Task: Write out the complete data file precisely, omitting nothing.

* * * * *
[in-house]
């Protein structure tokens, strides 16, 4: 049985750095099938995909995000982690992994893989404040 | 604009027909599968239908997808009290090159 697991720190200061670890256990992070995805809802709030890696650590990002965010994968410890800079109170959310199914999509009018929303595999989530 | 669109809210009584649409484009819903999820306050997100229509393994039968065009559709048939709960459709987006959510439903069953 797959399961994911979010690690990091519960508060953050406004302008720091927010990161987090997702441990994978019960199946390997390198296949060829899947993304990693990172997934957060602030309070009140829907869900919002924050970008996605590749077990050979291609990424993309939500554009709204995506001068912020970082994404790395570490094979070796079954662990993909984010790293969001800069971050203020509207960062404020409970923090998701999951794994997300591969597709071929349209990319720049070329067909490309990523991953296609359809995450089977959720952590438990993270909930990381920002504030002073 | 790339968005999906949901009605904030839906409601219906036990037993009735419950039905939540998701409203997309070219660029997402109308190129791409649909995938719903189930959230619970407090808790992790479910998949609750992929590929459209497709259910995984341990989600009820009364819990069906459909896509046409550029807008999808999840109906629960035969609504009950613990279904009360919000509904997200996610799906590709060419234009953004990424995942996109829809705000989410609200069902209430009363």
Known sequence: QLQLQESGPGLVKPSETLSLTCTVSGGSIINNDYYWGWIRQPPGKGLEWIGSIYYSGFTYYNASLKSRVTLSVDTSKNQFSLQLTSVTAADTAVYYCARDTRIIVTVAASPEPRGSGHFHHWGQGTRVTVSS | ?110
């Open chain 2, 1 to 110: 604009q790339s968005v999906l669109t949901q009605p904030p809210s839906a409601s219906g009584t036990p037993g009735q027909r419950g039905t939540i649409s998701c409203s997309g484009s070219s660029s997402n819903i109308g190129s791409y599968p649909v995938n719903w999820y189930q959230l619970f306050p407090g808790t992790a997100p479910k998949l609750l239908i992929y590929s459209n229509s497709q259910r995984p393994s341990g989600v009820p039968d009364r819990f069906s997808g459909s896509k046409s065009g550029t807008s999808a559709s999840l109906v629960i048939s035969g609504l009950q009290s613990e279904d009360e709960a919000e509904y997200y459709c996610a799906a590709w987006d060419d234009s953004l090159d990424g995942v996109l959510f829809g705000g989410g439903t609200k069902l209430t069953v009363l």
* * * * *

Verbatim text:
[in-house]
């Protein structure tokens, strides 16, 4: 049985750095099938995909995000982690992994893989404040 | 604009027909599968239908997808009290090159 697991720190200061670890256990992070995805809802709030890696650590990002965010994968410890800079109170959310199914999509009018929303595999989530 | 669109809210009584649409484009819903999820306050997100229509393994039968065009559709048939709960459709987006959510439903069953 797959399961994911979010690690990091519960508060953050406004302008720091927010990161987090997702441990994978019960199946390997390198296949060829899947993304990693990172997934957060602030309070009140829907869900919002924050970008996605590749077990050979291609990424993309939500554009709204995506001068912020970082994404790395570490094979070796079954662990993909984010790293969001800069971050203020509207960062404020409970923090998701999951794994997300591969597709071929349209990319720049070329067909490309990523991953296609359809995450089977959720952590438990993270909930990381920002504030002073 | 790339968005999906949901009605904030839906409601219906036990037993009735419950039905939540998701409203997309070219660029997402109308190129791409649909995938719903189930959230619970407090808790992790479910998949609750992929590929459209497709259910995984341990989600009820009364819990069906459909896509046409550029807008999808999840109906629960035969609504009950613990279904009360919000509904997200996610799906590709060419234009953004990424995942996109829809705000989410609200069902209430009363």
Known sequence: QLQLQESGPGLVKPSETLSLTCTVSGGSIINNDYYWGWIRQPPGKGLEWIGSIYYSGFTYYNASLKSRVTLSVDTSKNQFSLQLTSVTAADTAVYYCARDTRIIVTVAASPEPRGSGHFHHWGQGTRVTVSS | ?110
């Open chain 2, 1 to 110: 604009q790339s968005v999906l669109t949901q009605p904030p809210s839906a409601s219906g009584t036990p037993g009735q027909r419950g039905t939540i649409s998701c409203s997309g484009s070219s660029s997402n819903i109308g190129s791409y599968p649909v995938n719903w999820y189930q959230l619970f306050p407090g808790t992790a997100p479910k998949l609750l239908i992929y590929s459209n229509s497709q259910r995984p393994s341990g989600v009820p039968d009364r819990f069906s997808g459909s896509k046409s065009g550029t807008s999808a559709s999840l109906v629960i048939s035969g609504l009950q009290s613990e279904d009360e709960a919000e509904y997200y459709c996610a799906a590709w987006d060419d234009s953004l090159d990424g995942v996109l959510f829809g705000g989410g439903t609200k069902l209430t069953v009363l």